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One of Canada’s top spy agencies reportedly tested powerful surveillance software over a two-week period at a major airport.


One of Canada’s top spy agencies reportedly tested powerful surveillance software over a two-week period at a major airport.

According to classified documents obtained by U.S. whistleblower Edward Snowden and released Thursday evening by CBC News, the Communications Security Establishment Canada (CSEC) used software to target travelers, including Canadian citizens, through the airport’s Wi-Fi connection. The software continued to track them throughout the city, even days after they’d left the airport.

Using the same software, CSEC was also apparently able to track citizens “back in time,” which provided the intelligence agency with details on where targets were before arriving at the Canadian airport.

The program was only in effect for a period of two weeks while CSEC was performing a “trial run” of the program, according to the documents. The software was being developed in partnership with the U.S. National Security Agency and was to be shared between Canada, the U.S., Britain, New Zealand and Australia, known collectively as the “Five-Eyes.”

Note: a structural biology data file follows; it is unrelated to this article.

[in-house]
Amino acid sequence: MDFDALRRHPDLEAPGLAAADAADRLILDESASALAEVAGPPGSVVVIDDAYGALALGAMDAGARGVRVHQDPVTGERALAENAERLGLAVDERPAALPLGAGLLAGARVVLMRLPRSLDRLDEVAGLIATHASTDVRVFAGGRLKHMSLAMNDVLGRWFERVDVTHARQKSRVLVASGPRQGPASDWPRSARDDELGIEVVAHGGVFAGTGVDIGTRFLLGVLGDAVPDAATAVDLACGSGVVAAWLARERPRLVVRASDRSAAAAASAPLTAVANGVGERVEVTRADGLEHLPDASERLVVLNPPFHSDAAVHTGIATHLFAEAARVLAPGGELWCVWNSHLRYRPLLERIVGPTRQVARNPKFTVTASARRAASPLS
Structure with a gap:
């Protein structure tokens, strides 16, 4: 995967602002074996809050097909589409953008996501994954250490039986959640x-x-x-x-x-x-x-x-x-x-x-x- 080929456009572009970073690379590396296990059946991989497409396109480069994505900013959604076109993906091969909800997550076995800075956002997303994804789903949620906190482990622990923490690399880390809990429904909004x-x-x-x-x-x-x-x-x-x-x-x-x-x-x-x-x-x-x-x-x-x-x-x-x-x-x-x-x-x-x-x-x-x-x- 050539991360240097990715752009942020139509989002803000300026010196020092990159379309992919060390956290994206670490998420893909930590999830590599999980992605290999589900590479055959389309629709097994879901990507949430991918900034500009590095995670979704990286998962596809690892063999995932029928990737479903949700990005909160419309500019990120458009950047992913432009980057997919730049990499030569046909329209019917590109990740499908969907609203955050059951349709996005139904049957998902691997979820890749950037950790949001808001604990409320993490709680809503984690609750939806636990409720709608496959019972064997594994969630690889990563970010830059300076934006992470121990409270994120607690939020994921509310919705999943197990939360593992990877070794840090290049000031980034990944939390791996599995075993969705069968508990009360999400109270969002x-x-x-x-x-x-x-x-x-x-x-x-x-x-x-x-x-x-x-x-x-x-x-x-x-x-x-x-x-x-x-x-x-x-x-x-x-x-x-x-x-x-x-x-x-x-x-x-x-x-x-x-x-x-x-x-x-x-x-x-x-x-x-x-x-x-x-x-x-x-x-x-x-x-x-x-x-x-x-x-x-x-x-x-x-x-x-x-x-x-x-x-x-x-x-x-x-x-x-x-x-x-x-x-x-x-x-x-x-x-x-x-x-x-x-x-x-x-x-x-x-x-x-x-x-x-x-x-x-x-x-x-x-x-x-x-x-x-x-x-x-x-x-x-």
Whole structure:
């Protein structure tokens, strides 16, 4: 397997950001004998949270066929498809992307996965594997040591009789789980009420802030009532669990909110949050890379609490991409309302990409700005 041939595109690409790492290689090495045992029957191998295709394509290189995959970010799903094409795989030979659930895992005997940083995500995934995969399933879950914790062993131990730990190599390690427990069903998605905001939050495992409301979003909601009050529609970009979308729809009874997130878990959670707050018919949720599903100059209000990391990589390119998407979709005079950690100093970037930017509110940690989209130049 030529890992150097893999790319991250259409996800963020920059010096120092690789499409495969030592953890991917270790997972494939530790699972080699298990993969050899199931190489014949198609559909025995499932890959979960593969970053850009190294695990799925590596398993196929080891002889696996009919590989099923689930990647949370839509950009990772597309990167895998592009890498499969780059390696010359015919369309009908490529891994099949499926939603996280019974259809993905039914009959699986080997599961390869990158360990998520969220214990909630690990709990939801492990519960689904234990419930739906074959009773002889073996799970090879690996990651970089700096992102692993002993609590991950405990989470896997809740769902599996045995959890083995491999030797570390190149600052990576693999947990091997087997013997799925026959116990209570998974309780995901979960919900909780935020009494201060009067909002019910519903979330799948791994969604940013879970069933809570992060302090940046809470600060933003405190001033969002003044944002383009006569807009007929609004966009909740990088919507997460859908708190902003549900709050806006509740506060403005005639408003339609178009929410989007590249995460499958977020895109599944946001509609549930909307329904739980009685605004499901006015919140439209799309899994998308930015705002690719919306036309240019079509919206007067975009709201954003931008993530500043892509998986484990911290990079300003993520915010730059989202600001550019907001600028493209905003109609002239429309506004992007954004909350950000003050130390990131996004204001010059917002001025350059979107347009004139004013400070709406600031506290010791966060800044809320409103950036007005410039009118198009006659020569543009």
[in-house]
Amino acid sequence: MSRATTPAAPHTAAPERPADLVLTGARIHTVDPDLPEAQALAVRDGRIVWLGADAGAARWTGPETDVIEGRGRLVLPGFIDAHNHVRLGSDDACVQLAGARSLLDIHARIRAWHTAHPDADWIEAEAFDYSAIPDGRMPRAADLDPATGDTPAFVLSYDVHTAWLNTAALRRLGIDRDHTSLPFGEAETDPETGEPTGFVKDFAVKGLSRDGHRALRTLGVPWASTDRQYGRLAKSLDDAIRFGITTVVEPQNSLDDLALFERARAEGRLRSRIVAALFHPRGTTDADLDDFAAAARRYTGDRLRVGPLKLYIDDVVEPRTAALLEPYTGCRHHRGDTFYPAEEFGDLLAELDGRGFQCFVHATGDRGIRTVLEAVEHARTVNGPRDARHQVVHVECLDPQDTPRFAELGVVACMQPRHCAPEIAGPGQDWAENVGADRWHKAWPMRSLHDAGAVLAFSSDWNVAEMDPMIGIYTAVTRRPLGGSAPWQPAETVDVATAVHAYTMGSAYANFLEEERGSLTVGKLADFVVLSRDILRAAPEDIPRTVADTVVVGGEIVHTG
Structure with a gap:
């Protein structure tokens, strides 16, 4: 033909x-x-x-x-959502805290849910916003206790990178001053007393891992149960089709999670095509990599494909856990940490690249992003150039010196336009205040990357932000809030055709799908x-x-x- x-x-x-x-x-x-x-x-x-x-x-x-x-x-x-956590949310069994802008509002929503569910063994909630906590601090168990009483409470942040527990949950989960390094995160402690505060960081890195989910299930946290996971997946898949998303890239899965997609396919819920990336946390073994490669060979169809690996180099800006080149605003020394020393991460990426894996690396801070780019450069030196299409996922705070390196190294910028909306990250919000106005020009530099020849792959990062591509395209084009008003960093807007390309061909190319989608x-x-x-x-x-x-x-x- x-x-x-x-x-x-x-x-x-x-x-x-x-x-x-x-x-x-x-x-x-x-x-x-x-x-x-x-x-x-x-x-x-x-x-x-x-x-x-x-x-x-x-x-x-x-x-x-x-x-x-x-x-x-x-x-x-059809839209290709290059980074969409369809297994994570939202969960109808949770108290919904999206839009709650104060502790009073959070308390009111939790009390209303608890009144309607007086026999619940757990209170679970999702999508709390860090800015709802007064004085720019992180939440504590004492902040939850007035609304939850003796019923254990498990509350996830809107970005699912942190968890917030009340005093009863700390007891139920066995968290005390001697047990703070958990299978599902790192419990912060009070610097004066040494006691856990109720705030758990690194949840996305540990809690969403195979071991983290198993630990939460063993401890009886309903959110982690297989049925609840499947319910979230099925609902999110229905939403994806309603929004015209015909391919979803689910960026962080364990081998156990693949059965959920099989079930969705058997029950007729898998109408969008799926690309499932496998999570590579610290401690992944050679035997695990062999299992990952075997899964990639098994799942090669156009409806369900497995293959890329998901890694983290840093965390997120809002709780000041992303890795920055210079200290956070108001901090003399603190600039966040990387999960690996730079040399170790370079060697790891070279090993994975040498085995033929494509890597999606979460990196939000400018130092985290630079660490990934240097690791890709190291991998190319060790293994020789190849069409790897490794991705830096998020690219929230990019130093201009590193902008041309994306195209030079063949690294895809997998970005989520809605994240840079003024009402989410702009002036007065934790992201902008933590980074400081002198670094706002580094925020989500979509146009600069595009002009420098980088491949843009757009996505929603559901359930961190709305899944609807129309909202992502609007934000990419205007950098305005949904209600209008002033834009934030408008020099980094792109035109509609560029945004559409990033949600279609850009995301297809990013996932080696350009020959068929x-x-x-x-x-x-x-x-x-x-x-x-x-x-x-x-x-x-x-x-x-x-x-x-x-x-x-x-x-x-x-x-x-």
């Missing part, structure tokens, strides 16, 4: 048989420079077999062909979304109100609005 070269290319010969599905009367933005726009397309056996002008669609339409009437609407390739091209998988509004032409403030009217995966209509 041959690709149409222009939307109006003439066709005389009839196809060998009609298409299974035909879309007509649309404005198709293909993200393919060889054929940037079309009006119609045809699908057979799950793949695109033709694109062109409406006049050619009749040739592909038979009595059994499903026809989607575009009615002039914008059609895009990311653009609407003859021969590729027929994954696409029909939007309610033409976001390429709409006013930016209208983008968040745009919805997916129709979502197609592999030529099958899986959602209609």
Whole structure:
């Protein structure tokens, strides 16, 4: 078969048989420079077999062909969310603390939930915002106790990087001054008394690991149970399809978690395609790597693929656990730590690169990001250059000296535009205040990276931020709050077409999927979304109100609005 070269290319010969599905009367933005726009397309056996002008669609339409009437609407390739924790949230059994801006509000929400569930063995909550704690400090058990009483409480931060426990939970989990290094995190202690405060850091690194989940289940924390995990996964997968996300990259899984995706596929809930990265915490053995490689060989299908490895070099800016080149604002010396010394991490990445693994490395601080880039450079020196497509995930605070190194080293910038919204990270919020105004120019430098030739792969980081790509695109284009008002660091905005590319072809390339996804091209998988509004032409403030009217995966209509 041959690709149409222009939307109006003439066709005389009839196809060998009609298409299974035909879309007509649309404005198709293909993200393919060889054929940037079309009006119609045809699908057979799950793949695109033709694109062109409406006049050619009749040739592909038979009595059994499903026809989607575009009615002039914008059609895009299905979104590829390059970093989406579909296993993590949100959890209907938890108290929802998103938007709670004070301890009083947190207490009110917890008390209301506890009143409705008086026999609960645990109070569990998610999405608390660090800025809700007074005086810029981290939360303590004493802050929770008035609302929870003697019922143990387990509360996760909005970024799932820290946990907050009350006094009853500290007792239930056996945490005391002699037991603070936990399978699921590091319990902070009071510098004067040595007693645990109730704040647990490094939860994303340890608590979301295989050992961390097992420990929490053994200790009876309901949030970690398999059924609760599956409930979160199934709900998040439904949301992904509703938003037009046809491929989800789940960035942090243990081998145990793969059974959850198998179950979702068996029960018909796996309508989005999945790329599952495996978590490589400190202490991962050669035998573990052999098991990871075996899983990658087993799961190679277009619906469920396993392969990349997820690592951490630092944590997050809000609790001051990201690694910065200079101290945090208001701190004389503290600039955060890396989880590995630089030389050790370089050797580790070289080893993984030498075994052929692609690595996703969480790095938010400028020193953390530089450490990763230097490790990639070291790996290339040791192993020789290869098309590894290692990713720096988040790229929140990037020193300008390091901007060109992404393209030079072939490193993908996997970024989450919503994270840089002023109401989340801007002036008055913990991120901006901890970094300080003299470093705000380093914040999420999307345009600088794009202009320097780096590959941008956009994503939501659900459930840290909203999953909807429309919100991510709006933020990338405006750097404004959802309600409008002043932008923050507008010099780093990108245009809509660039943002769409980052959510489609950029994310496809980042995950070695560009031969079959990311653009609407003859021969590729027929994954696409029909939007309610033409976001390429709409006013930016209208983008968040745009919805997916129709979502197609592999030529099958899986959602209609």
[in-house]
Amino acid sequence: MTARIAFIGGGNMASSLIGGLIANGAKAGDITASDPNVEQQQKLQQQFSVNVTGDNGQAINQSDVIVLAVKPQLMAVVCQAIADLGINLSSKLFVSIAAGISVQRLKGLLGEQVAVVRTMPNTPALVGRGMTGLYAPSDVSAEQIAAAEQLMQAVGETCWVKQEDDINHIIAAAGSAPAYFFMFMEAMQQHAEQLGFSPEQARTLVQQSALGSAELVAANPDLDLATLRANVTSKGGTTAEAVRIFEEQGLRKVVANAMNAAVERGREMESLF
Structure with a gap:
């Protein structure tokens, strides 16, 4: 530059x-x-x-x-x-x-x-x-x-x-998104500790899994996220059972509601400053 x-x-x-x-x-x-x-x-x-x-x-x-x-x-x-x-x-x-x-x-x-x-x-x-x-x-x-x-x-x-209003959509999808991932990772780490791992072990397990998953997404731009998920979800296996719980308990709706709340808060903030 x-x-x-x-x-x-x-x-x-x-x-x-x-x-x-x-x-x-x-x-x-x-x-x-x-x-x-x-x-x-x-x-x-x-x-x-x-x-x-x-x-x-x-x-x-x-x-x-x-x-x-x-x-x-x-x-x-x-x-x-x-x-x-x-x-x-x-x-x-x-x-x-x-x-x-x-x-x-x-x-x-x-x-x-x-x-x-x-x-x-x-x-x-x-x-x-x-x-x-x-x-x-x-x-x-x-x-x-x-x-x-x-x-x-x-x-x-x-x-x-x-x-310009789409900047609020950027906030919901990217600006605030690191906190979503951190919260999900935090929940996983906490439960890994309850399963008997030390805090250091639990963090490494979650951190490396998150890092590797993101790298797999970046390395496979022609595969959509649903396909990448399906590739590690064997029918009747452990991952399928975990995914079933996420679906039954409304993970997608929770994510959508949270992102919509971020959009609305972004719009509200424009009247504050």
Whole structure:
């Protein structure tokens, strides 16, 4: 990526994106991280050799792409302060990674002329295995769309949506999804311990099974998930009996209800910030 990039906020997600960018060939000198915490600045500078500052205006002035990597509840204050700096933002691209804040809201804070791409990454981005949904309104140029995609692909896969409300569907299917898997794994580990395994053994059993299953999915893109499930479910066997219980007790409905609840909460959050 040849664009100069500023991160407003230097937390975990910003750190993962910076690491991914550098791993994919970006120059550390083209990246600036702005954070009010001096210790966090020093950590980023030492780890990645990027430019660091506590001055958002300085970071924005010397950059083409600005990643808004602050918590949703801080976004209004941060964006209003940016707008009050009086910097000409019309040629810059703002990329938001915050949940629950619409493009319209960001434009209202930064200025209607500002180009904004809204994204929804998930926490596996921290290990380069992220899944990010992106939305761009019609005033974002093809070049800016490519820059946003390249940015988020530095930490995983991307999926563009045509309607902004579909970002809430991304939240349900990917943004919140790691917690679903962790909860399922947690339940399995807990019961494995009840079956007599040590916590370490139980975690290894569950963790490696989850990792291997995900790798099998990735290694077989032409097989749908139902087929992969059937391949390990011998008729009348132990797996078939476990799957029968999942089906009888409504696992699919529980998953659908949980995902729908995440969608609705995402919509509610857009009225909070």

Canadian spymaster John Forster previously told reporters that the CSEC was not tracking Canadian citizens, at home or abroad. In light of these new revelations, the CSEC was forced to clarify its position to mean that “No Canadian communications were (or are) targeted, collected or used.”

Forster’s statements are reminiscent of those made by last year by James Clapper, the U.S. director of national intelligence, who told a sitting U.S. senator that the NSA was not collecting data on millions of American citizens. Clapper was also forced to clarify his response after additional documents were leaked that contradicted his statements.

Noted security researcher Ronald Deibert told CBC News that the type of surveillance detailed in the top secret documents is “almost certainly illegal,” as the CSEC is prohibited from placing anyone inside the country under surveillance without a judicial warrant. 

Photo via Robert Alfers

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